BRINGING DOWN THE DUKE
If every historical romance is as good as this one, consider me converted to the genre. Bringing Down the Duke is my fourth five-star read of the year–can you believe?
In England 1879, Annabelle Archer might be a commoner but she's brilliant. So brilliant that she earns a place at Oxford in the first cohort of female students with a scholarship that requires her to campaign for the women's suffrage movement. A worthy cause, as we can all agree, but a tough one, as men in 1879 see women as their literal property. She along with the other suffragettes are on a mission to sway the men of parliament to amend the Women's Property Act so that women can vote and are not forced to sacrifice their property when they're married. Annabelle's mission: sway the Duke of Montgomery to their cause, known for his calculating and strategic mind among all of Britain.
Sebastian Devereux is on a lifelong mission to restore his family's name and he's picked up most of the pieces. All that's left is Castle Montgomery, currently held by another Marquess after Sebastian's father lost the castle in a card game. So when the opportunity arises to get it back, so long as he follows the Queen's orders, he agrees. A challenge, sure, but Sebastian always does his duty in a respectable manner and he's not known for his strategic mind for nothing. But what happens when he meets a woman that doesn't fit into his neat boxes, with a mind and spirit of her own, that doesn't fall at his feet or bend to his every will? Has he finally met his match, and if he has, what sacrifices will be made to keep her?
First things first: I heckin loved this book. Loved it. Need more like it. I'm at another point where I'm afraid to pick up another book because it won't stand up the quality of this one.
Bringing Down the Duke hits topics that are still soft and sore today. In 1879, women don't have the right to vote, they lose their property and their money to the man that they marry, they're taught in bakery shops instead of classrooms, they're not expected to learn anything at all as their brains are fragile and smaller than a man's. And hey– doesn't this sound sort of familiar? Women making themselves small so that men overlook them and feel better about themselves? Women getting less than men and mistreated simply because of their gender? Sorry, sorry. That's taboo, to call it out like that.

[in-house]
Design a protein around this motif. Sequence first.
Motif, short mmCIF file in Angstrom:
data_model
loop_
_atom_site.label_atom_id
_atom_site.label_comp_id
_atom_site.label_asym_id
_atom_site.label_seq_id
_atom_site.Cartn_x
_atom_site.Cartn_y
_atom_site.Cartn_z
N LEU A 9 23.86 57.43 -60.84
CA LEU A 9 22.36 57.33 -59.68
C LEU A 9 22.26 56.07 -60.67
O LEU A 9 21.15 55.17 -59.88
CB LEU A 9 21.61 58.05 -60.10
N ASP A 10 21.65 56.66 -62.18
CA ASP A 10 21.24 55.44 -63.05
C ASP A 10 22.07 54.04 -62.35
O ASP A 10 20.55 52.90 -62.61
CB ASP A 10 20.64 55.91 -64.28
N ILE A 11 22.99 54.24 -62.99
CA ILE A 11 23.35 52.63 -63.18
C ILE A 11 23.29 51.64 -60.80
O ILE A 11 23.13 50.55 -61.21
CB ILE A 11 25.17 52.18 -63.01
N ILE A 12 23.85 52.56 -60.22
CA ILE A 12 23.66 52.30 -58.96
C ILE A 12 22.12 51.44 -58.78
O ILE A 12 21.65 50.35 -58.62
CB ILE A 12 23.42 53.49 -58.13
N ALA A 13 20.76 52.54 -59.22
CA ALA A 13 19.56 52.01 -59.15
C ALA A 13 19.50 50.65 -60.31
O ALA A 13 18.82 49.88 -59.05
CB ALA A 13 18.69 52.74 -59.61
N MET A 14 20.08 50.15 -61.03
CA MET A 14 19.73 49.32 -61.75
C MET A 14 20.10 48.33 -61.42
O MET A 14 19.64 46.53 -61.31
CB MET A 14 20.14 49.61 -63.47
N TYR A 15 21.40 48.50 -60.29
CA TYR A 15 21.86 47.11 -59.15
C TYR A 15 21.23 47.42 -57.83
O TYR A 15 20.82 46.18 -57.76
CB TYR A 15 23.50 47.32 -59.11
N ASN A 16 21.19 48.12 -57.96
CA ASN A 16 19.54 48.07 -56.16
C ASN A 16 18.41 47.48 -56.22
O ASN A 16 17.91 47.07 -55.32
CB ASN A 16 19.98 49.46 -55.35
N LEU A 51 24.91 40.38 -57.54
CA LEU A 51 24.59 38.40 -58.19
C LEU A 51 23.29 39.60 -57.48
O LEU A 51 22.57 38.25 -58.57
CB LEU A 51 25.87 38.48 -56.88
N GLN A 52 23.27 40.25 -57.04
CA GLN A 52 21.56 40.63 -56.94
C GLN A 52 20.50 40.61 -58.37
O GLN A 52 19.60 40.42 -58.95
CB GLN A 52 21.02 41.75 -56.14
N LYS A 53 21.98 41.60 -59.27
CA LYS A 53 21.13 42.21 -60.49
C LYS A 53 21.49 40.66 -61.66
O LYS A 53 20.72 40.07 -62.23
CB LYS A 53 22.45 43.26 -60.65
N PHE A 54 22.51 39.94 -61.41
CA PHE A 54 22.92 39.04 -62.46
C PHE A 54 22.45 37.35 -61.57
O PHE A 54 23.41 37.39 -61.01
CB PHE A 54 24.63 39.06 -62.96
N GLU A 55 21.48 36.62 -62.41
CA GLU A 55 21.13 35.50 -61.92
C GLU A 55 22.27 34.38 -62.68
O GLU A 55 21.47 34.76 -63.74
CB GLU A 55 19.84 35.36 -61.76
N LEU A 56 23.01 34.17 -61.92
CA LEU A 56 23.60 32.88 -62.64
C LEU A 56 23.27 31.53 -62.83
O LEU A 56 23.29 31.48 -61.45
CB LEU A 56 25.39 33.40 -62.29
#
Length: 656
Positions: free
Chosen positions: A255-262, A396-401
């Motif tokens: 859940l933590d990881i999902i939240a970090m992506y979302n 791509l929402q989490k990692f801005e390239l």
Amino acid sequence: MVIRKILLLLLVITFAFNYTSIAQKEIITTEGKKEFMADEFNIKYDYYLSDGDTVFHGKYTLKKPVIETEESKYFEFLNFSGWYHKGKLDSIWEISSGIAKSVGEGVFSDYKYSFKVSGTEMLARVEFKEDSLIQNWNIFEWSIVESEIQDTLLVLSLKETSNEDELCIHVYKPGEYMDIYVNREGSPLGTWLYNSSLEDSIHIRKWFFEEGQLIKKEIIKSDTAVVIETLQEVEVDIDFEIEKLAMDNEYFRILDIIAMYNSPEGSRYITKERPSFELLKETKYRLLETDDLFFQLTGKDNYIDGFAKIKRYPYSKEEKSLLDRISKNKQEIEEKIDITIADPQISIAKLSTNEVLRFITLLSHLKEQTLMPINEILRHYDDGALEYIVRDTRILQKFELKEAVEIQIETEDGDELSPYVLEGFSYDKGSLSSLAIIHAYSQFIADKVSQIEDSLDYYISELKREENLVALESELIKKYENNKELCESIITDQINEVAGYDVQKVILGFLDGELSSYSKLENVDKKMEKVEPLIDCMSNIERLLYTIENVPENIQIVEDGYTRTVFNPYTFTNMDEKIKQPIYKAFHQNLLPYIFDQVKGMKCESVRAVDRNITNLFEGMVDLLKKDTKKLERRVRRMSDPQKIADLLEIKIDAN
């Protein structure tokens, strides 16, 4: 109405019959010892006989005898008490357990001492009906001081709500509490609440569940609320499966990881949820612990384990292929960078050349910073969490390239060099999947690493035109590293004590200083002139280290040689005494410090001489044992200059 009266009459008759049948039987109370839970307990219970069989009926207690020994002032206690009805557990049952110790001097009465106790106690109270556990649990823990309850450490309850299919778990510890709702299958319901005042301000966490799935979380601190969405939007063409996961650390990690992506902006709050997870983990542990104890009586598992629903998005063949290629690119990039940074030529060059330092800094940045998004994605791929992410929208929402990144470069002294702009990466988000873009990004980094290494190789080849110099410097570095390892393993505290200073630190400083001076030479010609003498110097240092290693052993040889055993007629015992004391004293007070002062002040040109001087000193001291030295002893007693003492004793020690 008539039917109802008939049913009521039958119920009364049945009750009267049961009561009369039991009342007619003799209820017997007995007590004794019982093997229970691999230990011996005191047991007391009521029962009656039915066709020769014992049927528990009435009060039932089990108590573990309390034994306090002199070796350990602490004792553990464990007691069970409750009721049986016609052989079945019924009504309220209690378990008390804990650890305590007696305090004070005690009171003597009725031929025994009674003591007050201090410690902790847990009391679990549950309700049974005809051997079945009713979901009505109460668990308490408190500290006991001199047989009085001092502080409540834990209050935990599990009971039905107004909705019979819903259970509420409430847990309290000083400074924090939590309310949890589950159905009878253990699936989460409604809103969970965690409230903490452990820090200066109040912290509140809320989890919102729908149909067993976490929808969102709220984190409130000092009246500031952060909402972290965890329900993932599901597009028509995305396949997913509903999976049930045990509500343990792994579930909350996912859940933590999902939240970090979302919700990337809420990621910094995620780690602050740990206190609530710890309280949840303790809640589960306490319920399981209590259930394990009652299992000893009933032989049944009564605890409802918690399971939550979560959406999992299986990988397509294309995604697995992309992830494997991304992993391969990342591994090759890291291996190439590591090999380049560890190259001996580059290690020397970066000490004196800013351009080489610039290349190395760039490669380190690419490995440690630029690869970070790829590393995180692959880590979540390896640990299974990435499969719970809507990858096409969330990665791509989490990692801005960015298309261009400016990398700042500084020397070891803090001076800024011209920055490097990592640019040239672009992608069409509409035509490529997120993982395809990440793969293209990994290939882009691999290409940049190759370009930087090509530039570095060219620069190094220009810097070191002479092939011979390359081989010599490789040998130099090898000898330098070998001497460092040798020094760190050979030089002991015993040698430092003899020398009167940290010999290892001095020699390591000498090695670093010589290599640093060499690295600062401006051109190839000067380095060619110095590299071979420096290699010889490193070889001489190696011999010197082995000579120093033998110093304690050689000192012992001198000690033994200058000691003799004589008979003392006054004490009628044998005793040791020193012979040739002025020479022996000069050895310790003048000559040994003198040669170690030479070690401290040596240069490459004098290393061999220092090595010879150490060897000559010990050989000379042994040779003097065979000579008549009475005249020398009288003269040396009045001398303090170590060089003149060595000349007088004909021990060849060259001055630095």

Annabelle's character is strong, formidable, intelligent, and all the things I love to see in a character. She stands up for herself even when it's hard, even when temptation to cave is strong, and she stands up for her friends and for others in the face of oppression. She never caves on her morals and values despite the longing in her heart. She's witty and snarky, unafraid of men in power and uses her brilliant mind to her advantage. She has fears– of course she has fear.. She doesn't want to end up discarded and alone, doesn't everyone fear that in some way? But she's a good character because she's unwavering even when she suffers.
When it comes to male characters, I'll admit, I'm really picky. And with Sebastian, honestly, I find no fault. He's honorable and fallible and he can admit when he's wrong. He sees a rare form of beauty and appreciates intelligence when society says he shouldn't. And when it comes to history, he wants to fall on the right side, on the just side. He doesn't intentionally mistreat Annabelle and in the end, love is what matters the most to him.
Bringing Down the Duke wasn't just sweet and romantic, it was well crafted with just the right amount of drama without being overbearing. I'm anxious to read another book by Evie Dunmore and I can't wait to see what's in store for the future of this series. More strong women, please.